Top tips on how to educate girls to become tomorrow’s leaders
This article has been written by Clarissa Farr is the author of The Making of Her: Why School Matters.
I’m writing this in London on the hottest day ever recorded - 37 degrees and climbing, and not a leaf stirring outside where the tarmac smells of treacle. As the earth heats up, young people have been finding their voice, taking to the streets and demanding action. Leading them: a Swedish teenager, Greta Thunberg.
How inspiring to see that example of young female leadership. Out there in the “real world” it doesn’t take long to discover that we still have far to go before we achieve equality for women: we’re decades away from equal pay, equal sharing of parental leave and proper respect for childcare, equal representation for women on boards and in the higher executive levels of almost all businesses. And we have the pressure of the superwoman legacy too. We all know that birthday card of the glamorous young woman with eight arms. No, she’s not a Hindu warrior goddess, she’s a modern woman juggling baby, diary, ipad, iphone, washing up gloves and shopping, all without spoiling her manicure.
As we return to school from a sweltering summer break, ready for a new school year and all the sense of a fresh start that September brings, how can we best prepare our daughters for all that lies ahead for them? How can we give them the courage and self belief to be agents of change?
Parents today know their girls need to learn the confidence and self belief to achieve, to aim high, to adapt and to take risks, to accept failure as part of learning to succeed, to find their voice and to seek out their own passions and interests. Much of this will happen at school - through the curriculum, creative arts and sport, through opportunities for leadership, through adult role models and through friendship.
But as we parents know, that’s her world, not ours. A challenge for us is how to support the work of the school and build on what happens there while still encouraging her independent and self-determining spirit. Working together, school and home need to build that precious triangle of trust: school - home - student. Keeping good communication open, that way we can see them through most things.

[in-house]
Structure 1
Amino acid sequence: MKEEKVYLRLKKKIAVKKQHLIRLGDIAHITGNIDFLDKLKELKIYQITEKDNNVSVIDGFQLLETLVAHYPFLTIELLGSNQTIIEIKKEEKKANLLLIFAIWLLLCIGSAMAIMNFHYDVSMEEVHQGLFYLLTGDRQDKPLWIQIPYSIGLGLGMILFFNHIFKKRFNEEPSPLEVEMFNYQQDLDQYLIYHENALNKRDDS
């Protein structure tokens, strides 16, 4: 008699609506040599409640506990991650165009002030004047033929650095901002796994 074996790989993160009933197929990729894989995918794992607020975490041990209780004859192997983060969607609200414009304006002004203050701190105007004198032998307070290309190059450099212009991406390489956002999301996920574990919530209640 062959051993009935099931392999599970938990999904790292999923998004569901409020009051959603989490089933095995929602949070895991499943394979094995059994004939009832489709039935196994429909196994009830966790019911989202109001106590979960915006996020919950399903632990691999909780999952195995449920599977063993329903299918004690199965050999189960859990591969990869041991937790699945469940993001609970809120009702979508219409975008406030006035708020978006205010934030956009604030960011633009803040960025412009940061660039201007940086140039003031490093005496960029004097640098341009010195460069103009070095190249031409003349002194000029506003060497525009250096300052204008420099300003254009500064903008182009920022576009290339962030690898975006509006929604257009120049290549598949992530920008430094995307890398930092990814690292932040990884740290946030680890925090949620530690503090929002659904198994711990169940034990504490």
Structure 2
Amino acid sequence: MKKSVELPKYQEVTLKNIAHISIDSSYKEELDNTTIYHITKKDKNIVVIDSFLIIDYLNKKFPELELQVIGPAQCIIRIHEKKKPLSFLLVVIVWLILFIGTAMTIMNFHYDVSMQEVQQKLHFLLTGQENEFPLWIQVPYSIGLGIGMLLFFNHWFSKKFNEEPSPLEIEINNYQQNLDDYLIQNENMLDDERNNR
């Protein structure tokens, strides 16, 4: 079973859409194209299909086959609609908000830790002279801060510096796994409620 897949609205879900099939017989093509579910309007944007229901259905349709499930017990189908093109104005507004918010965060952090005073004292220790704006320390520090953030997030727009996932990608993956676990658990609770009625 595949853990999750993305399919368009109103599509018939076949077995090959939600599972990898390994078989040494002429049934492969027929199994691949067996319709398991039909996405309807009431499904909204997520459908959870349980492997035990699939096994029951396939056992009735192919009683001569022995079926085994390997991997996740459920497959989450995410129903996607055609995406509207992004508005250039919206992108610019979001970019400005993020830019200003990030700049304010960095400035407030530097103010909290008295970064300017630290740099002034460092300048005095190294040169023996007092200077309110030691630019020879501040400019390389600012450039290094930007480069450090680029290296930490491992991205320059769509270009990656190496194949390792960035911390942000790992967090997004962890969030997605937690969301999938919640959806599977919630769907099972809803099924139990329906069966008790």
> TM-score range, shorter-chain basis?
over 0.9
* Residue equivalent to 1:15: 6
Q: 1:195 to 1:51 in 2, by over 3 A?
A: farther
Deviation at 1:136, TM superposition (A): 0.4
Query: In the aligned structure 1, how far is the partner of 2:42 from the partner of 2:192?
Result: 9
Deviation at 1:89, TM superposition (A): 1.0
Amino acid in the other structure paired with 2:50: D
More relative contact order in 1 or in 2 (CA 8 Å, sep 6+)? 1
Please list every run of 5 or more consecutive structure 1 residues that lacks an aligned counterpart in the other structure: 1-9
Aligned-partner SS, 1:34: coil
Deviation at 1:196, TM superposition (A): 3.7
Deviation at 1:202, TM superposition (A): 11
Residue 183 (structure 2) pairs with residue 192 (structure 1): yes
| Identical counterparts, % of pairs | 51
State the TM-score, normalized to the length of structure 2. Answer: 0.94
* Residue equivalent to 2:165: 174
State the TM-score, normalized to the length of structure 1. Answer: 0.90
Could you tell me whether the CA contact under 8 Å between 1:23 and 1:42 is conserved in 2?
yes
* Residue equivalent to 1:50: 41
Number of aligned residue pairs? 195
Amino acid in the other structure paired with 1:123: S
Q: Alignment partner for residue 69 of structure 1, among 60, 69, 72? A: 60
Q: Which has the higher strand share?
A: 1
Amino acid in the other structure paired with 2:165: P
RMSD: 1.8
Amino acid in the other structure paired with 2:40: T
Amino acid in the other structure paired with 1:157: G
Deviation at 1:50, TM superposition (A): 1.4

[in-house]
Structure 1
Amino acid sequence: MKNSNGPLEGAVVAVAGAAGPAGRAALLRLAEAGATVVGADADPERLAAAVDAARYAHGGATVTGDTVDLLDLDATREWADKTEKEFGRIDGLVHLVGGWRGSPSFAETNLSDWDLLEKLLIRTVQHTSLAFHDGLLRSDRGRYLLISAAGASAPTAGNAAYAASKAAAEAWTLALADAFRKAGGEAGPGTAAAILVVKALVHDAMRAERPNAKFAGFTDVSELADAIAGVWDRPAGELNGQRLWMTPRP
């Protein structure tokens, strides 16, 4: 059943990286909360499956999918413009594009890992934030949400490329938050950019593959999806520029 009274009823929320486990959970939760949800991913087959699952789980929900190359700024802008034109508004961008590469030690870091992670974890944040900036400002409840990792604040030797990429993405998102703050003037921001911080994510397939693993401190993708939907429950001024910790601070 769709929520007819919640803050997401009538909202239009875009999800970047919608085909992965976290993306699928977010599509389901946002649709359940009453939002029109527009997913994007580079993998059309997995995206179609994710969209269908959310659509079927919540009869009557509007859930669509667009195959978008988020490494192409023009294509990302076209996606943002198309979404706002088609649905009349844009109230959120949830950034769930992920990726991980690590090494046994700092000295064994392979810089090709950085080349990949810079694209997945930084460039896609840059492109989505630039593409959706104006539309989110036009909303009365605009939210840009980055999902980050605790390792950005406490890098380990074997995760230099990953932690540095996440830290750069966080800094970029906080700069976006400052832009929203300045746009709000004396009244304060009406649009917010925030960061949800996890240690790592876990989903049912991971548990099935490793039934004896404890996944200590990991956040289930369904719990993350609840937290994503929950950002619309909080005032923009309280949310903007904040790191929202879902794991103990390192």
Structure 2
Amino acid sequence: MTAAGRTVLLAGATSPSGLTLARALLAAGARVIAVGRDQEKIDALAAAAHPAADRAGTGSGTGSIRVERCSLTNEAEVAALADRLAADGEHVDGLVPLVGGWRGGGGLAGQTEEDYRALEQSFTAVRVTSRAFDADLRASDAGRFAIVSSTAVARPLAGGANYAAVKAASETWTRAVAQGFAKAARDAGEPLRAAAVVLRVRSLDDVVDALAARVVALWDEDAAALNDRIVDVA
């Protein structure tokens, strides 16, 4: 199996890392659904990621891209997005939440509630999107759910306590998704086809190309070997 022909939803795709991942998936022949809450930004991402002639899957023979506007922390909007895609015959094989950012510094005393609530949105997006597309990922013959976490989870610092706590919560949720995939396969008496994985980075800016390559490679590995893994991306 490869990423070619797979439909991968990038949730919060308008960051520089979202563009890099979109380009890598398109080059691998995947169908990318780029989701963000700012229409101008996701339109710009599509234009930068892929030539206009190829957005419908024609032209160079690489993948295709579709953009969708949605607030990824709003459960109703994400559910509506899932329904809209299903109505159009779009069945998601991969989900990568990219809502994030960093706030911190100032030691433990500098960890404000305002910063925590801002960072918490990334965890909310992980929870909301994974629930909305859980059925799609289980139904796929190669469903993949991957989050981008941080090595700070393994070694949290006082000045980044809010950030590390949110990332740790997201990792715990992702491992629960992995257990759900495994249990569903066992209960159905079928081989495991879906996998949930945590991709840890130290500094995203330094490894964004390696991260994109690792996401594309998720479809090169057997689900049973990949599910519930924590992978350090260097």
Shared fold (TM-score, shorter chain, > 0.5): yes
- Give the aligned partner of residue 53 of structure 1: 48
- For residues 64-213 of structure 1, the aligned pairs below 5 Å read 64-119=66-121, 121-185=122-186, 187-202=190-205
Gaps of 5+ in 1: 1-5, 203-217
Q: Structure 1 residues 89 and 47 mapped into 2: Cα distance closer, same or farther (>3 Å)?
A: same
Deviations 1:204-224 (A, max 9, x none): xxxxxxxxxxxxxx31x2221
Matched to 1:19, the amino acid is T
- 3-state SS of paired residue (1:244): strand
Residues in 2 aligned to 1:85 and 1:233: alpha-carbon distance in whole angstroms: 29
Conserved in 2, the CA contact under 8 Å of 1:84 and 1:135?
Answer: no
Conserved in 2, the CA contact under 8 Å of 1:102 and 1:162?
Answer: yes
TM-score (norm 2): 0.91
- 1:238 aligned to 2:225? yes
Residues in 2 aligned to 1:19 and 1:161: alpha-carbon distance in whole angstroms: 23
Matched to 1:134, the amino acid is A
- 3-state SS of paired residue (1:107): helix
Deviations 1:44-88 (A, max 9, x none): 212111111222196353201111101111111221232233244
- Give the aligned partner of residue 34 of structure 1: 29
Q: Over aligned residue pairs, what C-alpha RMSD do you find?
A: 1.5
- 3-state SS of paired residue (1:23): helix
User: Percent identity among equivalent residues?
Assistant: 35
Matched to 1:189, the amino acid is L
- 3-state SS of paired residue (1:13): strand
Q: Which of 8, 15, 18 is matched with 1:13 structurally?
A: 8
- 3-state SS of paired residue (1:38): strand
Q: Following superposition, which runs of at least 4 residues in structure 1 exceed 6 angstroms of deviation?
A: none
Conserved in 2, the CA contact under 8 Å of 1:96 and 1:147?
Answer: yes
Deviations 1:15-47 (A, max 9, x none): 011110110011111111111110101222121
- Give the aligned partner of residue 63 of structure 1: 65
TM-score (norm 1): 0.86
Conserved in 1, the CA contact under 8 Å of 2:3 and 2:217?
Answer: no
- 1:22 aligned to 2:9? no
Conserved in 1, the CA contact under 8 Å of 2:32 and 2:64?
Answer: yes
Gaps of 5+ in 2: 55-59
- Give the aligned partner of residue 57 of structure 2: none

And if despite being an enlightened modern parent you are occasionally struggling to cope with a free-range adolescent girl in the house, here are a few thoughts for that first week back….
I don’t like the new French teacher! Madame Bovary was so cool and now she’s gone off to have a baby….
It’s good to get used to a new teacher. Makes you more adaptable. Be patient and you’ll get to like this new one just as much
I’m no good at Maths!
Perhaps you find Maths hard, but with patience and practice, you can do better. Stick at it - it’s called having a ‘growth mindset’.
I didn’t get into the netball team. Now I hate sport.
Well, they have another selection later in the term don’t they? Pick yourself up, work hard in the skills sessions and you may get selected next time.
My first history essay was rubbish!
I notice there is a comment on it as well as the grade. Shall we look at that to see how you can make the next one better?
You never listen to me, you’re always too busy working or sending emails!
You’re right. Let’s take some time out to see a film together at the weekend. We can both use a technology detox.
I’ve decided to become a free-solo climber.
Right. That sounds exciting. How about we take a course at the local climbing wall and learn how to get used to heights and use ropes properly first?
We may be on a lifelong learning curve as parents of post millennial girls, but from my own experience - as teacher, headmistress and mother - I cannot help feeling optimistic about the future in their hands.
Clarissa Farr is an expert in education and leadership, a non-executive director and a writer. As High Mistress of St Paul’s Girls’ School for eleven years, Clarissa led one of the country’s top academic schools, also becoming a regular correspondent for The Times letters page and a commentator on wider educational issues. She now works in international education on the board of the African Gifted Foundation, which is transforming the lives of African girls in Maths and Science. She is the author of The Making of Her: Why School Matters.
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